When I went to Sydney first, I started doing my research on the place, which I mostly do. I distinctly remember having noticed another city which was almost on the same latitude, lying on the southern hemisphere but separated by many thousand Kilometers.
I had made a mental note that I would visit this other town some time in my life. I shall club it with my visit to Africa. Any guesses? You are right. I am talking about Cape Town.
Being on the same latitude and both being sea ports ensure that the two places have a rather similar weather patterns, except fewer rains in South Africa. Beyond which I thought there would be a lots of differences.
Magnificent Opera house
Now it has been a while since I have returned from Sydney, suddenly I had this urge to see if my hypothesis was true about the two places. In my opinion, more often than not, it’s the people who make the difference.
So, let us see what I have found about the two cities, one which I have experienced, and the other soon to.
Both these cities (basically the countries in which these cities are situated) were under the rule of UK at some point in time. In addition Dutch ruled Cape Town for a while. So the biggest difference is the Language, although people of both countries speak English, the vocabulary of the South African counterpart is influenced by Afrikaans (which is again the local language that is influenced by Dutch). I have not seen much influence of the language of indigenous people of Australia in their language, except for the names of places.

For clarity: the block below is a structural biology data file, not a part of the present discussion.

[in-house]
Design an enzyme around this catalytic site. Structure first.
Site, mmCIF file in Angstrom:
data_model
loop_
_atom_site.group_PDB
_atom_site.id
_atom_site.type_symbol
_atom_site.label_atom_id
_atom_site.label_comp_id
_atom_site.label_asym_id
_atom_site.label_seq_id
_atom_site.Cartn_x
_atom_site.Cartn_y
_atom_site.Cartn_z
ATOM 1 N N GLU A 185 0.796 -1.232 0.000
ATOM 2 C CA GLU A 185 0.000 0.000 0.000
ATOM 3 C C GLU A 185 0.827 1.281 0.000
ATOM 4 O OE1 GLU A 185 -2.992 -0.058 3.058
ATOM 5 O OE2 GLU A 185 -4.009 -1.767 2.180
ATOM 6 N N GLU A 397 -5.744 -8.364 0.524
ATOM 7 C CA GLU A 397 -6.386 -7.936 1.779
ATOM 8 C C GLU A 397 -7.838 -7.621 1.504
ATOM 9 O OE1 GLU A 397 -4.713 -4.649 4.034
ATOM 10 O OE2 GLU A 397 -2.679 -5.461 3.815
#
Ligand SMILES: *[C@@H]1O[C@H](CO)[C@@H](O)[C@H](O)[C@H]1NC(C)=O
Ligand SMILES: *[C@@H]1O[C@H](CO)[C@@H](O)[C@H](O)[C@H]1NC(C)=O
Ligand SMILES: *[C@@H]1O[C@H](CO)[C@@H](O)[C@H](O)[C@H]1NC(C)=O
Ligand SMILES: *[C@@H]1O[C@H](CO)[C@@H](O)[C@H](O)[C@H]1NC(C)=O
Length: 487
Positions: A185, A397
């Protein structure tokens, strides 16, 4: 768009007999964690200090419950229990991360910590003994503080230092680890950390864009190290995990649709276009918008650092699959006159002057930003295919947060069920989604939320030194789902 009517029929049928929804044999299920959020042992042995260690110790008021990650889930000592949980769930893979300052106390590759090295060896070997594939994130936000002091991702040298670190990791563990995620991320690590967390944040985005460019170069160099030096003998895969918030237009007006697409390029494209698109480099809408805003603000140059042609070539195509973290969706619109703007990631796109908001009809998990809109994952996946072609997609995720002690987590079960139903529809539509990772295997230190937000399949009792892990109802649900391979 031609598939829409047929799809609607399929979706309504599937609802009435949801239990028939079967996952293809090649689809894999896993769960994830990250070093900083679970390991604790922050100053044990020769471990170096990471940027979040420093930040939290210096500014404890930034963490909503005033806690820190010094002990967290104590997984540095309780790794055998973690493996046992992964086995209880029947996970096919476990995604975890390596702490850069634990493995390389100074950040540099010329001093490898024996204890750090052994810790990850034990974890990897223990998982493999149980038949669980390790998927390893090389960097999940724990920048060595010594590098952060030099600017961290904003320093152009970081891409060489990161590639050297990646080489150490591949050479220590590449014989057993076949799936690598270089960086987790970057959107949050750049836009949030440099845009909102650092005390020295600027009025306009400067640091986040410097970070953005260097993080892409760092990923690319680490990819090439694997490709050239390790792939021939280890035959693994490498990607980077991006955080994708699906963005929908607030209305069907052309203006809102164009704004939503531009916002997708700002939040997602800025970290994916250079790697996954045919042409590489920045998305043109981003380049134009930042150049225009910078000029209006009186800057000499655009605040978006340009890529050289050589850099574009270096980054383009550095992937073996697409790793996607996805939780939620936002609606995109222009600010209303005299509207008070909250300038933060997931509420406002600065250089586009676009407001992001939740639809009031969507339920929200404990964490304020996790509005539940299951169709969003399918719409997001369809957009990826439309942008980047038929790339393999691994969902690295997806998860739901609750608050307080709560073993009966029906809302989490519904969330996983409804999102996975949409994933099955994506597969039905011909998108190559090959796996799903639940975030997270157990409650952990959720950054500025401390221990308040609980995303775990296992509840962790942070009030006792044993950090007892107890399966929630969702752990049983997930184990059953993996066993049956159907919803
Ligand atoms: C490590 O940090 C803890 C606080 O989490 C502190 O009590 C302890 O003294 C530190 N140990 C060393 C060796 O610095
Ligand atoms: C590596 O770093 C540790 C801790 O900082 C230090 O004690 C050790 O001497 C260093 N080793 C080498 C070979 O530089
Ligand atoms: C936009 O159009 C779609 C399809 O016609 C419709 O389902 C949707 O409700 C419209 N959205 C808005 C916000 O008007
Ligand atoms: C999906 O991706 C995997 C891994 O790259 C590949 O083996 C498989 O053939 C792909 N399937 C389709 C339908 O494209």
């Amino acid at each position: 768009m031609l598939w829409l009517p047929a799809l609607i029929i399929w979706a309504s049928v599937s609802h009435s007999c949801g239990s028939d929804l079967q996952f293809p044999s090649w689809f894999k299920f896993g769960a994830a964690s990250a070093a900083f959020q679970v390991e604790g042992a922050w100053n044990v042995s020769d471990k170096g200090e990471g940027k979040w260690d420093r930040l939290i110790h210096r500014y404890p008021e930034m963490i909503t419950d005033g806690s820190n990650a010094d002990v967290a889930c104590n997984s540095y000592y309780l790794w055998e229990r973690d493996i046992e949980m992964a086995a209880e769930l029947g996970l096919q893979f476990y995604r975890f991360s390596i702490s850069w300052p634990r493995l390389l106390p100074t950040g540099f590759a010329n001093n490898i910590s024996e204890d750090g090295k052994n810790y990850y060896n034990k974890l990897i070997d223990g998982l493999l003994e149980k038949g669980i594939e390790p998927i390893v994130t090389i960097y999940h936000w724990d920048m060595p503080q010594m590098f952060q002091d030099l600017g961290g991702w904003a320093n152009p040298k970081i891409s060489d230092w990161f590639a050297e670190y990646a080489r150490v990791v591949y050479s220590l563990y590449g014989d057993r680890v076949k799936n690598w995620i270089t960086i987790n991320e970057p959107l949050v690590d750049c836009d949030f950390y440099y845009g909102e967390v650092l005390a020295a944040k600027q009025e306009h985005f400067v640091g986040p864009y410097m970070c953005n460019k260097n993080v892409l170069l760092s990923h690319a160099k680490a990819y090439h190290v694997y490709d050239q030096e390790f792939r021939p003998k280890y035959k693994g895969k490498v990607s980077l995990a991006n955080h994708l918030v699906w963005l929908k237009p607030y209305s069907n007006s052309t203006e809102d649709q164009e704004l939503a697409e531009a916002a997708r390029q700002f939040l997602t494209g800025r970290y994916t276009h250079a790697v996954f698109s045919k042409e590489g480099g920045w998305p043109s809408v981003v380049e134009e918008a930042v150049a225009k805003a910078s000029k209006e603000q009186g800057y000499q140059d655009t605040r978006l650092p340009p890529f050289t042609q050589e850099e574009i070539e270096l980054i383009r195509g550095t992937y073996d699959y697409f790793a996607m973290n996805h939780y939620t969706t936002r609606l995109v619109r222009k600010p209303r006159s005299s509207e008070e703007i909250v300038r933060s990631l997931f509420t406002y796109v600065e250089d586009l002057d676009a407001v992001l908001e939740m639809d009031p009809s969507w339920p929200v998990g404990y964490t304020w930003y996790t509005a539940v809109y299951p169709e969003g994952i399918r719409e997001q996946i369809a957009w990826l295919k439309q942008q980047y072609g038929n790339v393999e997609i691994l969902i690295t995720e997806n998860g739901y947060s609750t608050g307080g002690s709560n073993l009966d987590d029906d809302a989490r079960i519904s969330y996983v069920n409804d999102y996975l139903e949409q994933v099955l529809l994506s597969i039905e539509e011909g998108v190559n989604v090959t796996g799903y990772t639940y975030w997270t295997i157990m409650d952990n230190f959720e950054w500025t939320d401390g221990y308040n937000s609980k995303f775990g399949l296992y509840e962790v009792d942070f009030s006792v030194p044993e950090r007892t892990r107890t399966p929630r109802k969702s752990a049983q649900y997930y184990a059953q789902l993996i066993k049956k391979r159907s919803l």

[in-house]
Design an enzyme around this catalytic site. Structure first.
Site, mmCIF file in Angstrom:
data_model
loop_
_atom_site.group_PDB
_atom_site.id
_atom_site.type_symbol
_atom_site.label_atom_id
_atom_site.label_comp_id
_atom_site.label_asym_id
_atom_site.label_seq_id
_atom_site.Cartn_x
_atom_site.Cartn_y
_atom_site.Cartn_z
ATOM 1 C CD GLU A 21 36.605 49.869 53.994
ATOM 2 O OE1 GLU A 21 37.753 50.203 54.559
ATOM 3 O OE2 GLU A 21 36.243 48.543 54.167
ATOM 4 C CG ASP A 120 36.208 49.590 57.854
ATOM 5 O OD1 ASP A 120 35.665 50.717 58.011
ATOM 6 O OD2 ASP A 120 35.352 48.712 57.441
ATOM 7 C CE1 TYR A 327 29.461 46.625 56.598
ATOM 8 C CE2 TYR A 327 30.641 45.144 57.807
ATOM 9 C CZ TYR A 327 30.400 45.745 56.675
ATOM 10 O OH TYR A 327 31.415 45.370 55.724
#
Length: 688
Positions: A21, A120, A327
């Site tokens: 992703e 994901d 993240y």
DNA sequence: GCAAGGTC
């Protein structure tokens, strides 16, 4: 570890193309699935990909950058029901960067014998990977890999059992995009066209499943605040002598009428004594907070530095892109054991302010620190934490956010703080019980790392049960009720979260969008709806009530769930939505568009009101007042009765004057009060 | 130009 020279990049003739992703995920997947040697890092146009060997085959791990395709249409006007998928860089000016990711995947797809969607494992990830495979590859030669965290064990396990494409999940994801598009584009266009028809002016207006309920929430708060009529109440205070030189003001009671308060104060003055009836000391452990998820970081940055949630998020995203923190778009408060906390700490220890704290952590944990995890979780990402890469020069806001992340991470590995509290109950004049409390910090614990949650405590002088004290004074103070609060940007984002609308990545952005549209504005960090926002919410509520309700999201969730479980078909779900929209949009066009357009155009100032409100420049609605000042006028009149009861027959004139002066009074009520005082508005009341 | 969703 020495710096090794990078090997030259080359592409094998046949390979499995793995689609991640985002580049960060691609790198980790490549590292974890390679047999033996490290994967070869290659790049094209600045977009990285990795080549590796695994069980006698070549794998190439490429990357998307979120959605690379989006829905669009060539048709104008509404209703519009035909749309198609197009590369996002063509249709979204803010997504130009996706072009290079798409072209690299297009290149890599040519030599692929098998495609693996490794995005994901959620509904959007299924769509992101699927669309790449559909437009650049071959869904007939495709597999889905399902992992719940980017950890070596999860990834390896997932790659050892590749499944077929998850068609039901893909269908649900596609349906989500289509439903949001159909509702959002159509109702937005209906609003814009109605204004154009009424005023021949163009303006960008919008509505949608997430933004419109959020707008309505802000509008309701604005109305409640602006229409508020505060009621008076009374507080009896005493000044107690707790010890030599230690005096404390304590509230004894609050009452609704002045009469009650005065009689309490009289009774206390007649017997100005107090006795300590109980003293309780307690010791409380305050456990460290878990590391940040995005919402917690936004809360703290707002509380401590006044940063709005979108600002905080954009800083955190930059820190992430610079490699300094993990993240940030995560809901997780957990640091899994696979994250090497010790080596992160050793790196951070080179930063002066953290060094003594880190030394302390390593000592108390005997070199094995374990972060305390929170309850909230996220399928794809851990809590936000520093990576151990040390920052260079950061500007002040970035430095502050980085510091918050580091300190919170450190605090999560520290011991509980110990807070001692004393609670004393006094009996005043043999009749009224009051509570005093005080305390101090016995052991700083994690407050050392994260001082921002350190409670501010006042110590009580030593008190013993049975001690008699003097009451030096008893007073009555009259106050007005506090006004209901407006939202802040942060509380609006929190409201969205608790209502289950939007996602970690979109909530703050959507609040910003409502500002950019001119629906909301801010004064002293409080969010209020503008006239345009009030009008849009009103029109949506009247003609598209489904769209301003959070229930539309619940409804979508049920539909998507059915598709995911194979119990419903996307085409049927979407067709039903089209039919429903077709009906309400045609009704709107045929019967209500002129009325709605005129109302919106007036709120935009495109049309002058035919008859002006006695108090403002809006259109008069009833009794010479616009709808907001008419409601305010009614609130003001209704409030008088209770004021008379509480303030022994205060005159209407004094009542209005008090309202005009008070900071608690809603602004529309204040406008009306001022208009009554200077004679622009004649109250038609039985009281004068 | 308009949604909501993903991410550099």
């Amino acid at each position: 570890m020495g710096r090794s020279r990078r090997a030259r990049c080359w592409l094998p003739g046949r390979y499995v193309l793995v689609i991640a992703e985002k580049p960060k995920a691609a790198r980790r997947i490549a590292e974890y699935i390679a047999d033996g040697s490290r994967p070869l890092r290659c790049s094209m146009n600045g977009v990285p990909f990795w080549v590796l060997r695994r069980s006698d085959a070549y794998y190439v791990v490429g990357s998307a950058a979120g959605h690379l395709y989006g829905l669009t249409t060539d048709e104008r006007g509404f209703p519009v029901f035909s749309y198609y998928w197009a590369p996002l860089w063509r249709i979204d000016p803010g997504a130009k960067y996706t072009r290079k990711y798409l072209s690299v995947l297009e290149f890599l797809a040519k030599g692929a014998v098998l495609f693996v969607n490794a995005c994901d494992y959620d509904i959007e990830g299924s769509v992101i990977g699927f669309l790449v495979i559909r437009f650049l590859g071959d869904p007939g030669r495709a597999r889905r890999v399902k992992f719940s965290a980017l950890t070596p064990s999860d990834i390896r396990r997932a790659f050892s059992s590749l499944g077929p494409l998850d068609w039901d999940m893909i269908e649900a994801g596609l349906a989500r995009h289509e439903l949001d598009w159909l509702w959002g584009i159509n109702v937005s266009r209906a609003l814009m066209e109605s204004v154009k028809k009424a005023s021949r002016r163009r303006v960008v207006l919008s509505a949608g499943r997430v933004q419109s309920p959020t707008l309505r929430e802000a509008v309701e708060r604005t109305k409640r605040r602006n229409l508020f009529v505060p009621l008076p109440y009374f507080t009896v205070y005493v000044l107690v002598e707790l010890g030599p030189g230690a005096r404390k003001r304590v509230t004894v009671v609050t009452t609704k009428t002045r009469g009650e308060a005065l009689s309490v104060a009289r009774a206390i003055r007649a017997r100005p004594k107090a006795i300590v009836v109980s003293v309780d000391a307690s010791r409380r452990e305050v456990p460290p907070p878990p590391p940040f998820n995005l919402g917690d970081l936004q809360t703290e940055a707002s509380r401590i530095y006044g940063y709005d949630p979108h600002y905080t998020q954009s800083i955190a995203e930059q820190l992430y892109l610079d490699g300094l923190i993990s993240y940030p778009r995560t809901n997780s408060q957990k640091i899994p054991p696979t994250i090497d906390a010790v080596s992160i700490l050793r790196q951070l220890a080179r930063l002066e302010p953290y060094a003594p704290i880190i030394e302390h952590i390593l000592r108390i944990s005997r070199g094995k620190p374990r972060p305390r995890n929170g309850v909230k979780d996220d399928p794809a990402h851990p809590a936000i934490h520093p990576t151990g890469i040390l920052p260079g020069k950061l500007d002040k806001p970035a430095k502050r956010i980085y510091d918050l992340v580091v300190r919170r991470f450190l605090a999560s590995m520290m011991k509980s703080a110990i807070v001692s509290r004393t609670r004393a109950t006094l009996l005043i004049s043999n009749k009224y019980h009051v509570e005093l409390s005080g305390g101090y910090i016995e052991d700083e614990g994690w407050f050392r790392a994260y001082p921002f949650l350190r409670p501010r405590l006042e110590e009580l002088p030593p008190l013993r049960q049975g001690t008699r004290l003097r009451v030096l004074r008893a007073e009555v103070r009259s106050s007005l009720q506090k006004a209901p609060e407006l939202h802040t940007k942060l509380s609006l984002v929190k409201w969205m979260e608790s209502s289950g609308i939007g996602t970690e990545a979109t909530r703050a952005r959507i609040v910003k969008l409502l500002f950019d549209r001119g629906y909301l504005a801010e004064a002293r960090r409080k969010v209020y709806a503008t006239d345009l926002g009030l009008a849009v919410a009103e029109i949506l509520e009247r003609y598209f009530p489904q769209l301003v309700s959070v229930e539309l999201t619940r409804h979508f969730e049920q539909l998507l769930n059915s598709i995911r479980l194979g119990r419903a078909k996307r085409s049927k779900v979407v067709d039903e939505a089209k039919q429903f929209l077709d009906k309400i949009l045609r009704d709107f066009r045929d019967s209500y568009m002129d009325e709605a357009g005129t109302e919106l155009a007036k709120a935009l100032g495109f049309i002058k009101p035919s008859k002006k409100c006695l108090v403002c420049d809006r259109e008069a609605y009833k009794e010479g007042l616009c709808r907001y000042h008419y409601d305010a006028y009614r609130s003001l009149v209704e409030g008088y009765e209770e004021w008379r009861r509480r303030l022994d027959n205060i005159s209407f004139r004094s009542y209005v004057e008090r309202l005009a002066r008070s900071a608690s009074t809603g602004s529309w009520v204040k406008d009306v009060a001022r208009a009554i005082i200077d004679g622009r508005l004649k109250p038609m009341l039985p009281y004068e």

Table Mountain Cape Town, source Wikitravel
Business dress code in both places are conservative, except when I saw the station master in one of the train stations in uniform shorts with a smartly ironed shirt and necktie to go with! 🙂 Maybe Cape Town also has something similar to offer. Other than that there may not much difference between the two cities, when it comes to business dealings and corporate experience.
There is one thing I have not been able to find is what happens on Fridays in Cape Town. In Sydney work slows down to a halt early and all and sundry hit the local pub or bar for a couple, along with colleagues before making way towards home. Maybe someone can update me on this aspect of the culture. What I did find was that the pace of work is definitely slower in Cape Town.
When it comes to safety and security of travelers I believe Sydney is a notch better. Of course as long as you avoid being at the wrong place in wrong time. My experience, barring a racial abuse incident, was very good in Sydney.
As a response to the question where to stay in Cape Town or Sydney, both of these cities cater to travelers and tourists from every strata of society. Generally cost of living is higher in Sydney. Accommodation options in Sydney and Cape Town both range from low priced lodges to multi star hotels.
Again both cities serve culinary delights from all over the world. What would be interesting is to taste the local cuisine in Cape Town. Sydney by and large does not have any thing that can be termed Australian food, except Kangaroo meat. Cape Town definitely wins by a few notches.
Let me see when I can compare them again, this time after my visit to Cape Town.
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